In Cradle to Cradle, the authors present a manifesto calling for a new industrial revolution, one that would render both traditional manufacturing and traditional environmentalism obsolete. Recycling, for instance, is actually “downcycling,” creating hybrids of biological and technical “nutrients” which are then unrecoverable and unusable. The authors, an architect and a chemist, want to eliminate the concept of waste altogether, while preserving commerce and allowing for human nature.

In a completely unrelated story found on Google, reported “Ice cream truck driver from Trenton is found with urine bottles in freezer after DWI charge.”


AP video about Big Springs, Texas:

Who’ll Stop the Rain, Legally?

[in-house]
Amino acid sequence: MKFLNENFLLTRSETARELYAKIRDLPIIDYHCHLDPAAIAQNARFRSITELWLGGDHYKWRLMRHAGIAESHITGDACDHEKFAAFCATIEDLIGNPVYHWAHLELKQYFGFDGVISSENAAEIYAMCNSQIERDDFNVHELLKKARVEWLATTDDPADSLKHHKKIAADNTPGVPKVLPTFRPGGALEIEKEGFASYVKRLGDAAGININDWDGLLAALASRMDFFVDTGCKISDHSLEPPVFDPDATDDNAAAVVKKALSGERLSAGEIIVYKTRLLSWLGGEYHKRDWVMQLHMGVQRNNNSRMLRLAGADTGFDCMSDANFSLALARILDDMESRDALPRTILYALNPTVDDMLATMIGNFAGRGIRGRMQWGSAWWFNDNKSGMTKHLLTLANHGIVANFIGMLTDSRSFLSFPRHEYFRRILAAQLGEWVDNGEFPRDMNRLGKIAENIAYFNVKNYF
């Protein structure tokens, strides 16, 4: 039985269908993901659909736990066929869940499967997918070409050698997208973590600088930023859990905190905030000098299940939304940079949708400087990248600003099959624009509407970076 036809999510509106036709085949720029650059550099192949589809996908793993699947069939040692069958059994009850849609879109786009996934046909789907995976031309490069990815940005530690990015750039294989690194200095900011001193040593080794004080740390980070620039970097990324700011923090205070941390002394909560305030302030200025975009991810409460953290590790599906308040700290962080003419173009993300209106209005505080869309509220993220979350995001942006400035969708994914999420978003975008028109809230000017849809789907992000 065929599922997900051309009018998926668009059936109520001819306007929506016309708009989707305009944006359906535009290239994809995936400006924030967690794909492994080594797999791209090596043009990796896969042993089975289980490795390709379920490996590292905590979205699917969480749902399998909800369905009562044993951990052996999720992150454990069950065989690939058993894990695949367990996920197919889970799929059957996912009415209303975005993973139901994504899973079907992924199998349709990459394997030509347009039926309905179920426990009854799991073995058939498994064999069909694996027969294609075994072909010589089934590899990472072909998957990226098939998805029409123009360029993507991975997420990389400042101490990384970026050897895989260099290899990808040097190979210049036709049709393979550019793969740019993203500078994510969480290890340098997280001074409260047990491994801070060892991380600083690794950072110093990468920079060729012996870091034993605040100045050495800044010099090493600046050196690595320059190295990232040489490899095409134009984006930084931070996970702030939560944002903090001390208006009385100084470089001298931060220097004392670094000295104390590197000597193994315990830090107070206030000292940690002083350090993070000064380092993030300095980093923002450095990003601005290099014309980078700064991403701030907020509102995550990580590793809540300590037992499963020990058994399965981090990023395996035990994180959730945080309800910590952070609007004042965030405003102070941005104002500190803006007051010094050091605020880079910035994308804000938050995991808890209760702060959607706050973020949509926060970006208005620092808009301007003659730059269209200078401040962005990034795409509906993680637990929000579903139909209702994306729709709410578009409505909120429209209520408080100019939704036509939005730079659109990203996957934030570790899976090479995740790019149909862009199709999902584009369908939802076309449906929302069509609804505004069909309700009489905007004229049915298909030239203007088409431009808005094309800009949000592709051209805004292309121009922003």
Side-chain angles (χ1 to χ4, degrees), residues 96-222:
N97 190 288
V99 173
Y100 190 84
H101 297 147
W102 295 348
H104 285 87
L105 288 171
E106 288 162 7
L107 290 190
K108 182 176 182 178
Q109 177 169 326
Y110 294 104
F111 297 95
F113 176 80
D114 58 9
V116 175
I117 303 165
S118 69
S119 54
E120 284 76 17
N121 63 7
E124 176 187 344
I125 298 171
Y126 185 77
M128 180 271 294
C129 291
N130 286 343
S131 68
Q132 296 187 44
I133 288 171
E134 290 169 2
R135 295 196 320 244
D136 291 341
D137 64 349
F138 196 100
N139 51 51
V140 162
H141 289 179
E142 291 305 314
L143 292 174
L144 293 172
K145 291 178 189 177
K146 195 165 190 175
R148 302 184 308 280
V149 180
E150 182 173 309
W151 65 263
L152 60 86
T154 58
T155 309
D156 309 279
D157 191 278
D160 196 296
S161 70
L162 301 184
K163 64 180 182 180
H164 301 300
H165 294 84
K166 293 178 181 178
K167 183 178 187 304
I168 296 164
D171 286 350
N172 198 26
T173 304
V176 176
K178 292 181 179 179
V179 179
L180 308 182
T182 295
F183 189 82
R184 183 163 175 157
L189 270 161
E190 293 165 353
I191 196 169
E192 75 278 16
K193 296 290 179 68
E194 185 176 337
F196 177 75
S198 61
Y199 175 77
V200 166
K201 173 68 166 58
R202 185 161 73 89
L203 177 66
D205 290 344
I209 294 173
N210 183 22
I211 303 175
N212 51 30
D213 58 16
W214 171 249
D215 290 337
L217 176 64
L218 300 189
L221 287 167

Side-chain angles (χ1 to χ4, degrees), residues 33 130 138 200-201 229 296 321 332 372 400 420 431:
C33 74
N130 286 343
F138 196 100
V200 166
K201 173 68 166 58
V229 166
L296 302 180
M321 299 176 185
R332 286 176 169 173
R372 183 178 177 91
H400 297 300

Rain Barrel at Amazon
A story about states claiming that collecting rainwater on private property is a violation of the state’s water rights is circulating again. You may ask if it’s just another unfounded conspiracy theory or does the story. . .hold water? (Sorry).

Unfortunately, the answer is yes. Some states outlaw saving rainwater. It’s also an international issue.

A good description of the situation and in my opinion, the best case for allowing private rain collection is at the Rainwater Observer, Is Rainwater Collecting Really Illegal in Some States?

First there are unintended consequences. Because much of the rain doesn’t reach natural waters like lakes or rivers, “. . .this legislation can result in a waste of valuable water resources in states where water is often a scarcity.”

The article affirms the Resilient Freedom thesis that public purposes will also be served efficiently when people are allowed to meet their own needs, “. . .allowing residents to collect rainwater that falls on their properties would reduce reliance on standard water supplies, alleviating the economic burden on public utilities budgets.”

Here’s a news feature from KSL TV in Salt Lake City, Utah about such a situation:

Video Courtesy of